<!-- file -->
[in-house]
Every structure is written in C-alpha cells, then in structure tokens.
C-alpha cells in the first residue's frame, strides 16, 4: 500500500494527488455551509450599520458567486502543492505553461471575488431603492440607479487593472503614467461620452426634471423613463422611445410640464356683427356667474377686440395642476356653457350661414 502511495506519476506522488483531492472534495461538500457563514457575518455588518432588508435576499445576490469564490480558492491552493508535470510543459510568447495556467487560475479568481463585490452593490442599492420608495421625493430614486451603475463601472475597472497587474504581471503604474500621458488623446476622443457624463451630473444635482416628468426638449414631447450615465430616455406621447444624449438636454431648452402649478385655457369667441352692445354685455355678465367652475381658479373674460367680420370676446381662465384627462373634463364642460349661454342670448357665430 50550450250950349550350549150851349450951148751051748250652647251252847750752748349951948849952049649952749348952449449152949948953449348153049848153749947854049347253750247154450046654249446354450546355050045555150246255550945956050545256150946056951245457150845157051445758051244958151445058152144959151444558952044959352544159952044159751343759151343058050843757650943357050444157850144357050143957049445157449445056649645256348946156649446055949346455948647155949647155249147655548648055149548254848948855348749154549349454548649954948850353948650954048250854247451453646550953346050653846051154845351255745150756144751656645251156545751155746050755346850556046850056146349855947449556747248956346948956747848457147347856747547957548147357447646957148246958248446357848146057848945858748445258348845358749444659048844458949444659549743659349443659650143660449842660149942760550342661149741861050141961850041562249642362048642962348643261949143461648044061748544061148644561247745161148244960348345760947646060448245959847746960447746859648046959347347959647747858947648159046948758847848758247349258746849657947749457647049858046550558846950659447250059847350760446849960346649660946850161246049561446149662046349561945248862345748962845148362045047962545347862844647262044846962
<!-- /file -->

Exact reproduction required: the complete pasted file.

[in-house]
Every structure is written in C-alpha cells, then in structure tokens.
C-alpha cells in the first residue's frame, strides 16, 4: 500500500494527488455551509450599520458567486502543492505553461471575488431603492440607479487593472503614467461620452426634471423613463422611445410640464356683427356667474377686440395642476356653457350661414 502511495506519476506522488483531492472534495461538500457563514457575518455588518432588508435576499445576490469564490480558492491552493508535470510543459510568447495556467487560475479568481463585490452593490442599492420608495421625493430614486451603475463601472475597472497587474504581471503604474500621458488623446476622443457624463451630473444635482416628468426638449414631447450615465430616455406621447444624449438636454431648452402649478385655457369667441352692445354685455355678465367652475381658479373674460367680420370676446381662465384627462373634463364642460349661454342670448357665430 50550450250950349550350549150851349450951148751051748250652647251252847750752748349951948849952049649952749348952449449152949948953449348153049848153749947854049347253750247154450046654249446354450546355050045555150246255550945956050545256150946056951245457150845157051445758051244958151445058152144959151444558952044959352544159952044159751343759151343058050843757650943357050444157850144357050143957049445157449445056649645256348946156649446055949346455948647155949647155249147655548648055149548254848948855348749154549349454548649954948850353948650954048250854247451453646550953346050653846051154845351255745150756144751656645251156545751155746050755346850556046850056146349855947449556747248956346948956747848457147347856747547957548147357447646957148246958248446357848146057848945858748445258348845358749444659048844458949444659549743659349443659650143660449842660149942760550342661149741861050141961850041562249642362048642962348643261949143461648044061748544061148644561247745161148244960348345760947646060448245959847746960447746859648046959347347959647747858947648159046948758847848758247349258746849657947749457647049858046550558846950659447250059847350760446849960346649660946850161246049561446149662046349561945248862345748962845148362045047962545347862844647262044846962